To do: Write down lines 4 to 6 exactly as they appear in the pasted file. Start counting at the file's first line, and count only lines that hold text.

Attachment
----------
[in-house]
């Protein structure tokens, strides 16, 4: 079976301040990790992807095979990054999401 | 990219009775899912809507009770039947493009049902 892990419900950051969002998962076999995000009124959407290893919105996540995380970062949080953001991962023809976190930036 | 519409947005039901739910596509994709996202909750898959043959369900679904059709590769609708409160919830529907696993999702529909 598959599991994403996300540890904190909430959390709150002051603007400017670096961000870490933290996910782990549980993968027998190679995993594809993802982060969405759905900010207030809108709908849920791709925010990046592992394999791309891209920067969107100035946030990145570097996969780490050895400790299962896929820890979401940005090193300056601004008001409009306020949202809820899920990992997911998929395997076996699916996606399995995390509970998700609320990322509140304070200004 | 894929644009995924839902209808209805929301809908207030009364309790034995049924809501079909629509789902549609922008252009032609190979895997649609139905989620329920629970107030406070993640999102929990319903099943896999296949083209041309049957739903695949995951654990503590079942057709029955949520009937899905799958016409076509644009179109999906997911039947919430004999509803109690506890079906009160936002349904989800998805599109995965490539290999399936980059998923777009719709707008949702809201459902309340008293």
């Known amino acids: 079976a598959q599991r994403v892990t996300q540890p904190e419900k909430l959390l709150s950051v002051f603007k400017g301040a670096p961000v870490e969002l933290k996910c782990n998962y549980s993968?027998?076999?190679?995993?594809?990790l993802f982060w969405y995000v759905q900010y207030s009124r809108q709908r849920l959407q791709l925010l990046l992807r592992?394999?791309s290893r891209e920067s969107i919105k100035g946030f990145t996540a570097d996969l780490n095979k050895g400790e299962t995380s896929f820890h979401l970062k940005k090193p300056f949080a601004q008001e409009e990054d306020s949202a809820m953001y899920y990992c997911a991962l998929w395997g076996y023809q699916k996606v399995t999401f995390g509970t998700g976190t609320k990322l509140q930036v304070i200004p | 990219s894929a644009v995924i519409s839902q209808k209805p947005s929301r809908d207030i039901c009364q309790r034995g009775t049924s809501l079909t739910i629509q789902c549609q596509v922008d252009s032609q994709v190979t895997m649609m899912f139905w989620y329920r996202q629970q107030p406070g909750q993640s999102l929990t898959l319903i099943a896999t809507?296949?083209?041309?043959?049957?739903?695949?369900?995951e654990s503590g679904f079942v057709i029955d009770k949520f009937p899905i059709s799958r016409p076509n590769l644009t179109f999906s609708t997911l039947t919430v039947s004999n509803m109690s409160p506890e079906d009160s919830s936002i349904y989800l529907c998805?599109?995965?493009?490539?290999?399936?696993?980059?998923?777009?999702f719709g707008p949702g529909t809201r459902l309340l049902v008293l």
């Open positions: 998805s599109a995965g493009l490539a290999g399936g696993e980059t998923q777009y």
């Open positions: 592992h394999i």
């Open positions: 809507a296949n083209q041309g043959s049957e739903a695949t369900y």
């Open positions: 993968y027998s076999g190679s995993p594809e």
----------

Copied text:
């Open positions: 998805s599109a995965g493009l490539a290999g399936g696993e980059t998923q777009y």
């Open positions: 592992h394999i």
């Open positions: 809507a296949n083209q041309g043959s049957e739903a695949t369900y």